Citizenship and Naturalization

Naturalization is the process by which a U.S. permanent resident becomes a U.S. citizen. To qualify for naturalization, an applicant must first meet the following eligibility requirements:

  • Be at least 18 years old.
  • Be and have been a U.S. lawful permanent resident for at least five years.
  • Be a person of good moral character.
  • Have continuously resided in the U.S. as a lawful permanent resident for at least five years prior to applying for naturalization, with no single absence from the United States of more than one year. The applicant must also continuously reside in the U.S. from the time of filing the application until the time of admission to citizenship. An absence from the U.S. for an extended period of time can break the continuous residence in the U.S. as noted below.
  • Have been physically present in the U.S. for an aggregate period of at least two years and six months out of the five years immediately preceding the filing of the naturalization application.
  • Have lived within the state, or USCIS district with jurisdiction over the applicant’s place of residence, for at least three months prior to the date of filing the application.
  • Be able to read, write and speak English.
  • Have a basic knowledge and understanding of U.S. history and government.

Naturalization Law Firm Washington DCNotably, there are special programs that allow for certain waivers and/or exceptions to one or more of the above eligibility requirements.

For example, certain individuals are exempt from being able to read, write and speak English, specifically if the applicant is at least 55 years old and has been a permanent resident for at least 15 years; or if the applicant is at least 50 years old and has been a permanent resident for at least 20 years; or if the applicant has a permanent physical or mental impairment that makes the individual unable to fulfill these requirements.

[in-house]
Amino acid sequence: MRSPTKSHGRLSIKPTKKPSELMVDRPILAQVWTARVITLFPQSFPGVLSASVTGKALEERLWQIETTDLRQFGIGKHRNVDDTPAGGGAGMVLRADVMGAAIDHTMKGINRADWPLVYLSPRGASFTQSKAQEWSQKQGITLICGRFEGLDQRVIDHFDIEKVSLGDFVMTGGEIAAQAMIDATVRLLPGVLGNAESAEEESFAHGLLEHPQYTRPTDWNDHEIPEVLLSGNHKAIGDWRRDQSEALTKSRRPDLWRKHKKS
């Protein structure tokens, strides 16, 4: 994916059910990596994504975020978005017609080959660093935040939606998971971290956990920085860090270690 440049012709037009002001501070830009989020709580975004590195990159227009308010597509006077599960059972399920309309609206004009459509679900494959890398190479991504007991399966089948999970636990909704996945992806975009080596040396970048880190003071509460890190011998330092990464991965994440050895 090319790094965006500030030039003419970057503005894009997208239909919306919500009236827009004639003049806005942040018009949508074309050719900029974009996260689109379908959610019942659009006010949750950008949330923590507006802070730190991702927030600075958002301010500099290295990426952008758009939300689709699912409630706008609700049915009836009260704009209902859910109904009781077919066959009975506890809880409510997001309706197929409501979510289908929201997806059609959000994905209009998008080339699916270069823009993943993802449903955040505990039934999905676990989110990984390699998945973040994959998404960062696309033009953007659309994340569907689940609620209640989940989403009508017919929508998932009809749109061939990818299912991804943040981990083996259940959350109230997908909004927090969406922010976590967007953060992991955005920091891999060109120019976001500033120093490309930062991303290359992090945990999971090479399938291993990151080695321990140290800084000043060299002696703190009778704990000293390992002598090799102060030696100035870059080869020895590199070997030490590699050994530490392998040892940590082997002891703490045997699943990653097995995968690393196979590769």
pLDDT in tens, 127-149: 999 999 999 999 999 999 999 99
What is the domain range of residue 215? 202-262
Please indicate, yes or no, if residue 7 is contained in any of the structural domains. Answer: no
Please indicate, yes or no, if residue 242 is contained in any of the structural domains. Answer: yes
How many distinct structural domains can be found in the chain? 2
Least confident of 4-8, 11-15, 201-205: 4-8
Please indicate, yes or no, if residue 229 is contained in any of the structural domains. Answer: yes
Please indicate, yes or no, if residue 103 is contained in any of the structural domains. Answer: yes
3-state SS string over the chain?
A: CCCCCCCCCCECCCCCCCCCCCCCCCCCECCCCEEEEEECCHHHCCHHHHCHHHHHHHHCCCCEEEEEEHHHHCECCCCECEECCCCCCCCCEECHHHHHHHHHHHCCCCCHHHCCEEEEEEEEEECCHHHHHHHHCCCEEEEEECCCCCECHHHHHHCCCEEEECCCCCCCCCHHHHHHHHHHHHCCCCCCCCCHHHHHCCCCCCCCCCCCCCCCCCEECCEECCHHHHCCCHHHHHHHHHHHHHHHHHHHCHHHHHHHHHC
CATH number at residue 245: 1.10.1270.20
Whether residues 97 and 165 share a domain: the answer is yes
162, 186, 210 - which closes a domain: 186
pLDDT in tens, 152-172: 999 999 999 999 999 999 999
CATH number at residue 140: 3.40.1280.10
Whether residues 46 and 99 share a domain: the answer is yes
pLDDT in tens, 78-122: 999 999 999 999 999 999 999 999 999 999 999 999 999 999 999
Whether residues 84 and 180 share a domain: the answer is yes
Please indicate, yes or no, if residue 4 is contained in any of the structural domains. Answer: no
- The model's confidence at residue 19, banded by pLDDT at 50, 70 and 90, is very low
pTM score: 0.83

Special Issues Regarding “Continuous Residence”

Marriage to a U.S. Citizen

An applicant who is and has been married to a U.S. citizen for three years, must still meet all of the eligibility requirements mentioned above before he or she can apply for naturalization.  However, the general five year eligibility period is reduced to three years. The eligibility period is reduced to three years only if the U.S. citizen spouse has been a U.S. citizen for at least three years, and the applicant and U.S. citizen spouse have been living in marital union for at least three years. Specifically, an applicant who is and has been married to a U.S. citizen for at least three years must:

  • Be and have been a U.S. lawful permanent resident for at least three years.
  • Have continuously resided in the U.S. as a lawful permanent resident for at least three years prior to applying for naturalization.
  • Have been physically present in the U.S. for at least one year and six months out of the three years immediately preceding the filing of the naturalization application.